OK so the bounce rate doesn’t kill your SEO effort – it’s really just the messenger. And the message could be that something’s not right.
The bounce rate is a significant website SEO metric that is expressed as a percentage - the percentage of users who leave a site after viewing only one page. If you build it and optimize it, they will come. But will they stay?
Your SEO effort, if you describe SEO as optimizing your pages for the search engines, has been successful if you get someone to one of your website pages. But your marketing job is only just beginning. If you’re in sales, your SEO effort is equivalent to getting the first meeting.
The bounce rate on your site as a whole is a good indicator of visitor interest, but you should dig a little deeper for many reasons. Check the bounce rate on individual pages or site paths.
The very nature of a blog make is susceptible to short reads. If you’ve successfully gotten your blog out to the masses, it’s often through inbound links, RSS feeds, email alerts or social media posts. The visitor links in, reads your stuff, and then goes back to their feed. A higher bounce rate (>50%) on a blog is not uncommon.
But don’t just chalk it up to fate. Each blog post should link to expanded content on your site when possible. Your blog sidebars should offer good options – like a list of your most popular posts (they’re popular for a reason), or related articles/pages to your post topic.
Your most viewed pages
These are the critical pages. If most of your visitors are entering your site through these pages, there’s a reason. If they’re leaving immediately, there’s definitely a problem.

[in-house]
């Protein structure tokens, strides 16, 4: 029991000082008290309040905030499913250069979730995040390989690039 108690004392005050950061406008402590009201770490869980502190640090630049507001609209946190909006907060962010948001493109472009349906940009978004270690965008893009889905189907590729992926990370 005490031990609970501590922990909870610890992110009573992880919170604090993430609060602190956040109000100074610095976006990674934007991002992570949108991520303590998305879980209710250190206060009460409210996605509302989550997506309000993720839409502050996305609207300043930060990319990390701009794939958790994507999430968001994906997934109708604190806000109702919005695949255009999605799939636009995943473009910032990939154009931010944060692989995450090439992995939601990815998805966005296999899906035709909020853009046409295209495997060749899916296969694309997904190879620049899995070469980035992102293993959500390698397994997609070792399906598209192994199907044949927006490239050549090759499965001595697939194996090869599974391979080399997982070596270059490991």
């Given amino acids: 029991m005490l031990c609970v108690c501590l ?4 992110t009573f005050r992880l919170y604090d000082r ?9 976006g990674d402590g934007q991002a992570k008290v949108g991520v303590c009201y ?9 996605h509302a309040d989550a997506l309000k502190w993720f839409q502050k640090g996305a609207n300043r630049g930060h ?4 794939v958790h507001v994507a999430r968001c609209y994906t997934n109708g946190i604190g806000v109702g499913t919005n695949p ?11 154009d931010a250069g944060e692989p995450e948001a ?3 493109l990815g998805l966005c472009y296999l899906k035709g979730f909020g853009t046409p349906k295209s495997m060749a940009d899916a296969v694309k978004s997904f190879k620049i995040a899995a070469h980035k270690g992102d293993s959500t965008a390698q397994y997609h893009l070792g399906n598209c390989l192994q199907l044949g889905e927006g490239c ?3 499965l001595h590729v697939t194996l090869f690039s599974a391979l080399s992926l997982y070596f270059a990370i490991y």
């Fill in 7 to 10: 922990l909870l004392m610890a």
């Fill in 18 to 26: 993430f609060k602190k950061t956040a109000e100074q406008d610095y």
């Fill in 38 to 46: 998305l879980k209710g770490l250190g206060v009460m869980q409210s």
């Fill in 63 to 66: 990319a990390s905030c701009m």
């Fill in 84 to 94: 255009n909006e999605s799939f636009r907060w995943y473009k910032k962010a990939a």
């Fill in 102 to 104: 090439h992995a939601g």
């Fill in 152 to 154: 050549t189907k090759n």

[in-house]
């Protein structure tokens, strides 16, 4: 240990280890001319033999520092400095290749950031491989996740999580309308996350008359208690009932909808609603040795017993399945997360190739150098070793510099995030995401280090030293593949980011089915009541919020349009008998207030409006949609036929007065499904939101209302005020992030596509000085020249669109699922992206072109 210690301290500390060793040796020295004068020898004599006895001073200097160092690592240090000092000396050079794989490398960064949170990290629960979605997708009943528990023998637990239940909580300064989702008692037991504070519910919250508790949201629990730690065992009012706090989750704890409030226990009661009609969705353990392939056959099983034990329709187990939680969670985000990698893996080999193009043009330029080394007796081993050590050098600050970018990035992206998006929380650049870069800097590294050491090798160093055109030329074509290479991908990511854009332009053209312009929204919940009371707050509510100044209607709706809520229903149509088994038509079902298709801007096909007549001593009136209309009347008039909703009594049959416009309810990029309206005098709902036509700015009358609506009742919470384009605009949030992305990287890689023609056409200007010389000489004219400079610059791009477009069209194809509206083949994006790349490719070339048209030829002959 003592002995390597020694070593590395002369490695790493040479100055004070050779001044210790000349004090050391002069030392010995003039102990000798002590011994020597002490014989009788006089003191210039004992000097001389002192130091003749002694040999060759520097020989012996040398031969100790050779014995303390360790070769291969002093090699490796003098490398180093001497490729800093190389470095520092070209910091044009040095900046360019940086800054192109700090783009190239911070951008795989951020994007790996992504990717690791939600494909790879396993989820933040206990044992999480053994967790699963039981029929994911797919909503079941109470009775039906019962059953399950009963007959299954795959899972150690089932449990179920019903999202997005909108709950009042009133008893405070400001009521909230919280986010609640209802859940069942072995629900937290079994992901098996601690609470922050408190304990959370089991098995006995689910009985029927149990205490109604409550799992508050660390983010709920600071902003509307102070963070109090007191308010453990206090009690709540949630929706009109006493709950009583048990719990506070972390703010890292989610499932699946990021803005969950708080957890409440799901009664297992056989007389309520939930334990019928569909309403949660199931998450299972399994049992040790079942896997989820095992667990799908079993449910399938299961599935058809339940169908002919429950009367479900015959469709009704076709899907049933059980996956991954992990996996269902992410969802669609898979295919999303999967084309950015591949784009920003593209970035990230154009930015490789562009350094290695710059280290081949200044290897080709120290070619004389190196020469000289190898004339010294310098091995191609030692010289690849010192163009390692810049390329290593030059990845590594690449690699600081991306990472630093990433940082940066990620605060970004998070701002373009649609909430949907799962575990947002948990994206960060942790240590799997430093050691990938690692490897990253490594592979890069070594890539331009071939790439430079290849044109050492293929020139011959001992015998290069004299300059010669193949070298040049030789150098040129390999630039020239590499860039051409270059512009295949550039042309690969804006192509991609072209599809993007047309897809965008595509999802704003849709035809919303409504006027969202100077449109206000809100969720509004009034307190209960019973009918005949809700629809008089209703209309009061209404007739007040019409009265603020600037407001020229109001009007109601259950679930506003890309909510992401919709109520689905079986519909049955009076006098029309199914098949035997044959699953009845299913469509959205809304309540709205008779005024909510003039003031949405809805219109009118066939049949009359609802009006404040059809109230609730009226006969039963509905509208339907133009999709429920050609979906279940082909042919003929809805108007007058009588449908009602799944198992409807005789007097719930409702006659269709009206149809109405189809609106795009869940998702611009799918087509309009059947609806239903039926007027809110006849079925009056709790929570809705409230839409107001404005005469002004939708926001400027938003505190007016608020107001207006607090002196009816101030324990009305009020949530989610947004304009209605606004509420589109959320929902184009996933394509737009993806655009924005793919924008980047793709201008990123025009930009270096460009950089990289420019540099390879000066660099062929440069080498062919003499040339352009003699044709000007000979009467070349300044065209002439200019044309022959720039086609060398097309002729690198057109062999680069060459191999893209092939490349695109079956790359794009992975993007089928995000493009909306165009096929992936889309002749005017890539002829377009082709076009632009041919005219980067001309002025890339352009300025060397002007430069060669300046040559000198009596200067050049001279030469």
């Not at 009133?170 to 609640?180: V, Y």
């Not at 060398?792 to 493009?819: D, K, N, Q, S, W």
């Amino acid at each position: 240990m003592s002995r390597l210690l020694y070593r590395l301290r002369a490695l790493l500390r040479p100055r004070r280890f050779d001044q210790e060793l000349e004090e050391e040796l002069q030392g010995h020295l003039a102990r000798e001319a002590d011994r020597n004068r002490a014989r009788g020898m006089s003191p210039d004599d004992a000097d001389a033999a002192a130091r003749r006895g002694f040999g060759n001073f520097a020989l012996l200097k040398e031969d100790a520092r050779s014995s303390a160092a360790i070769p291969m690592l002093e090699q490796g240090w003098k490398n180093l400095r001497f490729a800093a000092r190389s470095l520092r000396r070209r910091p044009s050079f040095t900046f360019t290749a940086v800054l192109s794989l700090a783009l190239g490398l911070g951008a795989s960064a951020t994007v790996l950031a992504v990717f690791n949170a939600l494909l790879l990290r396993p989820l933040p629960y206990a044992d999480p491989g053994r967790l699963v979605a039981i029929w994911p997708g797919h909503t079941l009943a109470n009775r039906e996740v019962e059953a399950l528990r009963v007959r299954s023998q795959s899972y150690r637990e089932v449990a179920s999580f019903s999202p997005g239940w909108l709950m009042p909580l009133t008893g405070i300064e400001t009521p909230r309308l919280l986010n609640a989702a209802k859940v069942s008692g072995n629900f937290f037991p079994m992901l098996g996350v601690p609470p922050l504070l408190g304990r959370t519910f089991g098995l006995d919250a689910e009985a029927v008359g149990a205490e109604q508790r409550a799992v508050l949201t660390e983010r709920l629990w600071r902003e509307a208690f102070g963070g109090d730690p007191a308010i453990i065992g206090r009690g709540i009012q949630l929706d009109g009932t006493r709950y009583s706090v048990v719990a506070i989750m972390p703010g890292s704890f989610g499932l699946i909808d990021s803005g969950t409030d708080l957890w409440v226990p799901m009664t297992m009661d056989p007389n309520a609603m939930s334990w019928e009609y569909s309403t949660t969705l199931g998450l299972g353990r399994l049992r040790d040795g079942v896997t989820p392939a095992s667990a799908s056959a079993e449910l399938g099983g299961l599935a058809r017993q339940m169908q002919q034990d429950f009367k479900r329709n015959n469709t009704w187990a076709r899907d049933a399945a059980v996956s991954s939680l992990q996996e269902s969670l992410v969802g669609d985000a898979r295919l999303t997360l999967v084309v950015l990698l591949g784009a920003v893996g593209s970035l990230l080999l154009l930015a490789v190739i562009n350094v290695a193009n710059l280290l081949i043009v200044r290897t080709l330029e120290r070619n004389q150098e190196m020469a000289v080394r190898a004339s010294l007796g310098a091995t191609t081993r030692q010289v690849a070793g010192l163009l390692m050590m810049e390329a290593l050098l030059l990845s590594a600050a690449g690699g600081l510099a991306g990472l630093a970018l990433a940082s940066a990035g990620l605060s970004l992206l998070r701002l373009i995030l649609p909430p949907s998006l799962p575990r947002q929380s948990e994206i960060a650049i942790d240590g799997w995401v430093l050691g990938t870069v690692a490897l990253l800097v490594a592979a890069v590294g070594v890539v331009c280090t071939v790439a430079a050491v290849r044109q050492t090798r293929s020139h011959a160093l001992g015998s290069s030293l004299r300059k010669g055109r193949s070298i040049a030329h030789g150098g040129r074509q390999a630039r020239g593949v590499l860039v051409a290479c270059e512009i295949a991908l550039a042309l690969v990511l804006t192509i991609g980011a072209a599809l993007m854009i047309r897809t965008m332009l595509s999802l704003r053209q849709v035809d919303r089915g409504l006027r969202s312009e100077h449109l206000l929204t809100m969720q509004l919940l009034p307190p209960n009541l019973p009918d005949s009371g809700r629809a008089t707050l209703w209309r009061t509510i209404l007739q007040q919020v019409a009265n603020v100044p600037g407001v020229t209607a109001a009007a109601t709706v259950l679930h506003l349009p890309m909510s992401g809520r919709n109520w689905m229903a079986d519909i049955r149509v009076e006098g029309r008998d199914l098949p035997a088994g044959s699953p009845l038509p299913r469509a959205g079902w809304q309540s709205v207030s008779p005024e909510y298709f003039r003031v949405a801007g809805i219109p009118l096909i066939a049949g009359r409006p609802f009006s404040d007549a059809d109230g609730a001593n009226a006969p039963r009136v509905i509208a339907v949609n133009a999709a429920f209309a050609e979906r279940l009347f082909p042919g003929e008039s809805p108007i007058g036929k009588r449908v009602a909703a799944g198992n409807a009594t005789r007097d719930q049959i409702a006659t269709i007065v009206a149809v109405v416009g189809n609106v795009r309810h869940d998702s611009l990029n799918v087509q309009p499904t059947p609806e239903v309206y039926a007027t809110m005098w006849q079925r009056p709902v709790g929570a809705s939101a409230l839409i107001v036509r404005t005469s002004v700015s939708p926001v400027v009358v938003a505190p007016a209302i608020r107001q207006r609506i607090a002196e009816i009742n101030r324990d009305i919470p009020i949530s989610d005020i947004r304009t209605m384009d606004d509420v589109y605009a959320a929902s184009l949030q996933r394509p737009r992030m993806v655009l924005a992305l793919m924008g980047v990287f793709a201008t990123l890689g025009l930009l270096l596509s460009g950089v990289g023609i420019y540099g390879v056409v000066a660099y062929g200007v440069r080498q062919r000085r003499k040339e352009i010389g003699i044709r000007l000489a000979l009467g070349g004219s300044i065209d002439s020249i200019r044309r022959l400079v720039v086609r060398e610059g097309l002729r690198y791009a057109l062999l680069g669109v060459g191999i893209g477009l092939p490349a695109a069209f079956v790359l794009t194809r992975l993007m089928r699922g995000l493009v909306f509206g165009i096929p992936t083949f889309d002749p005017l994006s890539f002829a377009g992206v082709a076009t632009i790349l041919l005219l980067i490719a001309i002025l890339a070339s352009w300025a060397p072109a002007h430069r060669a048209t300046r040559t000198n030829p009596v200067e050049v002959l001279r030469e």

If you’re too close to your site (if you’re the author/designer/programmer), ask others to honestly evaluate a page or pages on your site. Is the content poor? Is the navigation clunky? Is there no clear path to additional info? Is there too much clutter on the pages?
If there is a high bounce rate, something is usually not right. More often than not it is a lack of links to related content. Don’t ignore what these metrics tell you.
Bounce rate, of course, is not the only metric you should look at. You can have a high bounce rate, but find that those visitors who do engage read a high amount of pages-per-visit or their average-time-on-site is unusually high.
Different sites have different purposes, which is why I am refraining from giving a specific bounce rate percentage that is too high or low. A site that deals with a complex topic with a narrow audience might find a high bounce rate, but a high engagement with those who do stay on. It is up to the site owner with help from his/her marketing/SEO team to evaluate the metrics based on their goals for their site .
Bounce rate, along with pages-per-visit and average-time-on-site metrics can be found in Google Analytics (free) or in your webmaster’s reports.